New player adds fresh stimulus to Colombia's market

New player adds fresh stimulus to Colombia's market
01 November 2019

This week, Empresa Colombiana de Cementos (EcoCementos) has opened its new 1.5Mta cement plant in Sonson in Antiquia, Rio Claro, Colombia. EcoCementos is a joint venture between the Colombian building materials group, Corona, and the Spanish cement company, Cementos Molins. The project was carried out as an international collaboration between OHL Industrial of Spain and Denmark-based FLSmidth, who built a 3150tpd clinker line. The new line will provide around 100 direct jobs and 180 indirect jobs.

Colombia's market has a current capacity of around 21.5Mt, but clinker capacity is much lower at around 14.2Mt. So, while the market has overcapacity, adding clinker capacity would likely reduce imports.

The domestic market has seen something of a resurgence in the last 12 months rising by about four per cent, from approximately 12Mt in 2018 to 12.5Mt in 2019, as forecasted by analysts. Between January-August 2019 MoM advances in cement demand were reported, with the exception of April when there was a four per cent contraction. In July MoM growth peaked at 12 per cent, with the lowest rates of market expansion recorded in January (+2 per cent) and February (+1 per cent). Cement dispatches in the first eight months of the year rose overall by 3.9 per cent to 8.163Mt, compared with 7.858Mt in the 8M18.

Lingering stigma of corruption
Colombia has also seen its fair share of scandal and investigations into corruption. In December 2017 Cementos Argos, Cemex and Holcim along with some managers were fined COP200bn (US$66m) for price fixing between 2010-12.

More recently, Cemex has been the subject of corruption accusations for payments for the re-election campaign of Juan Manuel Santos in 2014 with fees of US$1m allegedly directed to fund Santos’ campaign, in return for closer ties with the government, reports BNAmericas.

Slow expansion projects and delays
Better news for Cemex was clearing the way for it to start its US$420m modernisation project at the Maceo cement plant in Antioquia in April 2019. The project had been delayed for legal reasons over improper land transfers, according to Medellín Herald. The conciliatory agreement that was reached enabled the signing of the mining operation contract, and the endorsement of the manufacturing and dispatch services for production to begin. The plant is expected to have its cement capacity expanded from 0.25Mta to 0.95Mta, but in September 2019 the company reported that it still needed approval of other procedures, such as the modification of its environmental licence and land use and some construction authorisations.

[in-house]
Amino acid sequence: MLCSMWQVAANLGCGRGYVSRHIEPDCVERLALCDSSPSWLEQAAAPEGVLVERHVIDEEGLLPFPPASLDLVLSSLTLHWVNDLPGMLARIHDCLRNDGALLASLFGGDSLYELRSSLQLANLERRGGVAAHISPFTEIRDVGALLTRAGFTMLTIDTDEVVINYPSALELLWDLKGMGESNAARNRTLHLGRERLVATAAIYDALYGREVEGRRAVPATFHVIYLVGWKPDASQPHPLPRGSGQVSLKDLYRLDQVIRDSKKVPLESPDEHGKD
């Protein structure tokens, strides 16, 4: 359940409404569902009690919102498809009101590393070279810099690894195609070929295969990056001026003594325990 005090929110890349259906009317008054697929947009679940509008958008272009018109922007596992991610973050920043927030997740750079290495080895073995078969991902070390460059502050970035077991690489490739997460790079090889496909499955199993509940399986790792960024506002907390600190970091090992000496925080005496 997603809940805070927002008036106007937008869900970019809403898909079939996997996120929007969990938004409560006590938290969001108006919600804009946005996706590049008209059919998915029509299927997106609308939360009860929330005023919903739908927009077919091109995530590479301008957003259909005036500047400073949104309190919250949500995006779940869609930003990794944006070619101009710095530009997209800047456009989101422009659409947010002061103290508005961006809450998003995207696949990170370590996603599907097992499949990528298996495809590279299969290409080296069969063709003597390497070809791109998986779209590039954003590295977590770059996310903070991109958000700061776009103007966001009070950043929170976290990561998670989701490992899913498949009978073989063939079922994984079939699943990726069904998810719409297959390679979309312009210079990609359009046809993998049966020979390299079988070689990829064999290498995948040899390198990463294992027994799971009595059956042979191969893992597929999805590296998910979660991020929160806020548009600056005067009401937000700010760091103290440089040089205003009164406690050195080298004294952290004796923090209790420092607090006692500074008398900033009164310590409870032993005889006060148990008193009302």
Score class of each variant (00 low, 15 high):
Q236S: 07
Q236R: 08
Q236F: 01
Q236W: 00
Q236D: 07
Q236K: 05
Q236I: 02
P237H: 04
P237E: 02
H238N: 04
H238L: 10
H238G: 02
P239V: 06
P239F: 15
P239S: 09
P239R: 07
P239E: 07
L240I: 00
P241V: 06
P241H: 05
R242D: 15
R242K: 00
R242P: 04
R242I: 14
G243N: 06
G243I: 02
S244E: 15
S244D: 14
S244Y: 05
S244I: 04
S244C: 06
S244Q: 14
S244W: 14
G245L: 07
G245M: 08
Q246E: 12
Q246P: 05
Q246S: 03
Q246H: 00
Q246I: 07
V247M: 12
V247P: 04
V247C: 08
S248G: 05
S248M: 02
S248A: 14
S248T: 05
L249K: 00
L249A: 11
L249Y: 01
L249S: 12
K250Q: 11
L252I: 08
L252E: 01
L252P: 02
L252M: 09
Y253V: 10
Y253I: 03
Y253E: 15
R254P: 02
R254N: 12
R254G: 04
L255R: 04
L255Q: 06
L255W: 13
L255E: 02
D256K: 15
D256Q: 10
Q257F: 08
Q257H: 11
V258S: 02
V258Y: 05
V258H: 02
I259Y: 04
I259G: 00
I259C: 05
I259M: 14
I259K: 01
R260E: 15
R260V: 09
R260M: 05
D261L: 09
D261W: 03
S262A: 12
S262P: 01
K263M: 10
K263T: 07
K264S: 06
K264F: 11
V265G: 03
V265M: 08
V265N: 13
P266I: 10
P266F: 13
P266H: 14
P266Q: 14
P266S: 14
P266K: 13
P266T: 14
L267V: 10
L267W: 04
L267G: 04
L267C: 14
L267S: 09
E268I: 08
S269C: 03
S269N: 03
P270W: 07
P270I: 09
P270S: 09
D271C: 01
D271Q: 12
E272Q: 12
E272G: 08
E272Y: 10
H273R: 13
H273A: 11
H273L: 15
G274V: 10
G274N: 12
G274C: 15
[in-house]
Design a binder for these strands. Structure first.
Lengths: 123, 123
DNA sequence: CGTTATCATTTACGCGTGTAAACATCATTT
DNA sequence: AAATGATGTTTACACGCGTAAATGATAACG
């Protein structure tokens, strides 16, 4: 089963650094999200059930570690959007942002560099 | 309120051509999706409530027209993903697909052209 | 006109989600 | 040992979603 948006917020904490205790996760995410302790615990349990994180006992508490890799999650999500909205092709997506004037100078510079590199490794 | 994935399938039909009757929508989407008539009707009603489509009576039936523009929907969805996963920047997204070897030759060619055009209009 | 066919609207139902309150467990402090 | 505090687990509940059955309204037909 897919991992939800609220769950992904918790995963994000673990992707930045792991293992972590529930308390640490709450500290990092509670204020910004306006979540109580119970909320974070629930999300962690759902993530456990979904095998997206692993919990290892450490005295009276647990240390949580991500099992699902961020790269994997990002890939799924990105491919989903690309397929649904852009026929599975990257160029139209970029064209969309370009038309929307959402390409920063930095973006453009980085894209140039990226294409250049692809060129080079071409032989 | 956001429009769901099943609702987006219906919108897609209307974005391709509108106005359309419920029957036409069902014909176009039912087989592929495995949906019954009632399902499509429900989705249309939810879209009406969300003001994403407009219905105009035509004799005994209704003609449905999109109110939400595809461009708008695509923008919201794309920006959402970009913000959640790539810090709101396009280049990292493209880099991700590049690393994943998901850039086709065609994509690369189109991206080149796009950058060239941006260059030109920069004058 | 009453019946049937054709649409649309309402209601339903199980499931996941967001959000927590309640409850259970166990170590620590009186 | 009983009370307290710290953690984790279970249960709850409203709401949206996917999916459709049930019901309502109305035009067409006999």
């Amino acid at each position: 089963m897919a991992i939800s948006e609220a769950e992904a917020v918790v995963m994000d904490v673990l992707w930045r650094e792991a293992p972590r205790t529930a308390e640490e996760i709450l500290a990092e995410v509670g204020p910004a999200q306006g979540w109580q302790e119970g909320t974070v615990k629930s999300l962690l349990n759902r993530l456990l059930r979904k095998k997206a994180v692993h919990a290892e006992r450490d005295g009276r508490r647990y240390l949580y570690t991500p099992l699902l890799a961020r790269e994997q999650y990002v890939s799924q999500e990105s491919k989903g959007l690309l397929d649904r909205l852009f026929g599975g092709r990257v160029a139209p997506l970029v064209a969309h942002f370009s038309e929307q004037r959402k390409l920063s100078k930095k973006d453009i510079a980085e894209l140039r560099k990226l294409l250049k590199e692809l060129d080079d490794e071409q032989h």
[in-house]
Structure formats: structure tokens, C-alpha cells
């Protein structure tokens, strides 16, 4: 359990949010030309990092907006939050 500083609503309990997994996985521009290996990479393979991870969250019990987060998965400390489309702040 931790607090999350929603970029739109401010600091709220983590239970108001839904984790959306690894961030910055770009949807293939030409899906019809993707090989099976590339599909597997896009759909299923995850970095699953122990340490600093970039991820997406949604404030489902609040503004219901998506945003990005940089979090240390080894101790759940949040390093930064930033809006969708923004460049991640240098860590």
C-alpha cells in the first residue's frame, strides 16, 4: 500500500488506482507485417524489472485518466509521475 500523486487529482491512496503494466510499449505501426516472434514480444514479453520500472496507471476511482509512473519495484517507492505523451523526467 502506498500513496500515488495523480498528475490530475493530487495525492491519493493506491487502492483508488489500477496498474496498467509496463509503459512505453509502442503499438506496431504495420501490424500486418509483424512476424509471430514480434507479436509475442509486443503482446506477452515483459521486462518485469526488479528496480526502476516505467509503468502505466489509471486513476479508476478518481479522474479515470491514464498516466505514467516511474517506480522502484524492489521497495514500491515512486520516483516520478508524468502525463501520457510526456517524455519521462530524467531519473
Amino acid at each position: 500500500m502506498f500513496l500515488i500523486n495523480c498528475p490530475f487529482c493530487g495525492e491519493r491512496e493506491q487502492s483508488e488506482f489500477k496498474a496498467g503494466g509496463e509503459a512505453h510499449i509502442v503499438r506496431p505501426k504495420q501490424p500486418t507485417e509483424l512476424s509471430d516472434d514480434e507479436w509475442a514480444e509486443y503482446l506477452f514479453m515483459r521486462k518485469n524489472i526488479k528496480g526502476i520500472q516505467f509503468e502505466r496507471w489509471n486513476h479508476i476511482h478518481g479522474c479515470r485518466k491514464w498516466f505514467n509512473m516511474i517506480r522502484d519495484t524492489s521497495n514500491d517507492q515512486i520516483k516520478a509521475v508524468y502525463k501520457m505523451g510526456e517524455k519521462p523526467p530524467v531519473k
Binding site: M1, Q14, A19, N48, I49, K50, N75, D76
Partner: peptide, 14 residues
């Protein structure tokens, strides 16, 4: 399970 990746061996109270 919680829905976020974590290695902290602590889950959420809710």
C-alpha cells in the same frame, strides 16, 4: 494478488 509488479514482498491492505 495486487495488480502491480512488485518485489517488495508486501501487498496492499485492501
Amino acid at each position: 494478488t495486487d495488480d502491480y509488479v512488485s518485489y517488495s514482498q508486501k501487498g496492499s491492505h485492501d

Cemex Colombia still operates owns plants in the country, but as of December 2018, in its Form-20F, it stated that it had reduced cement capacity to 4Mta. The Cúcuta and Los Patios are now believed to be operating as grinding plants, along with the Santa Rosa de Cabal grinding unit. Meanwhile, the 2.8Mta Ibague and, under construction, greenfield, Maceo plant can be described as the two listed integrated facilities.

Meanwhile, Argos delayed its Sogamoso cement plant project in 2017, instead favouring the expansion of the company's Cartagena and Río Claro plants first. However, the scope and timing of these projects remains undisclosed. Group Argos has increased its tranche for potential bond releases by COP850bn (US$246.4m), while it has seen 1H19 profits rise by 16 per cent. The company has the largest cement capacity in the country at 8.2Mta and operates seven plants.

These above upgrades will seem minor in comparison to the planned project of Medcem Cement (Eren Holding group) that aims to build a 3Mta cement plant in Puerto Brisa, which was announced in 2015. However, there has been no news since about the project.

LafargeHolcim's 0.5Mta grinding plant in Buga, Valle del Cauca, was scheduled to be inaugurated at the start of the year, but is still under construction. This facility is a Gebr Pfeiffer Ready2Grind unit that cost approximately US$30m. This plant will add to the 2.1Mta Nobsa plant it owns. The other dometsic producers are made up of Cementos San Marcos, Cementos Tequendama and Cementos de Oriente.

Despite the slow progress in increasing capacity among the established players, the start-up of EcoCementos' new plant is a good sign that there is potential for capex projects to resume soon. The BMI Research into Colombia's construction sector has forecast robust growth between 2019-20 and the strengthening of the residential market from 2020. The Fourth Generation (4G) road concessions programme will see investment of US$25bn, while the US$4.4bn Bogotá Metro Rail project will also drive cement demand. Airport investment will continue through to 2023. LafargeHolcim has been supplying the Pereira Airport project, which is scheduled for a December 2019 launch. Meanwhile,  Bogotá's El Dorado airport expansion and a greenfield airport in Cartagena will provide focus points.

The weak sector has been residential construction in 2019 which has fallen since the 2015 peak, although non-residential construction has compensated for this to some extent. The indicators for better growth going forward are evident in the IMF's GDP forecasts which see a growth of 3.7 per cent in 2020 and 3.65 per cent in 2021, up from 2.8 and 3.6 per cent in 2018 and 2019, respectively.

Published under Cement News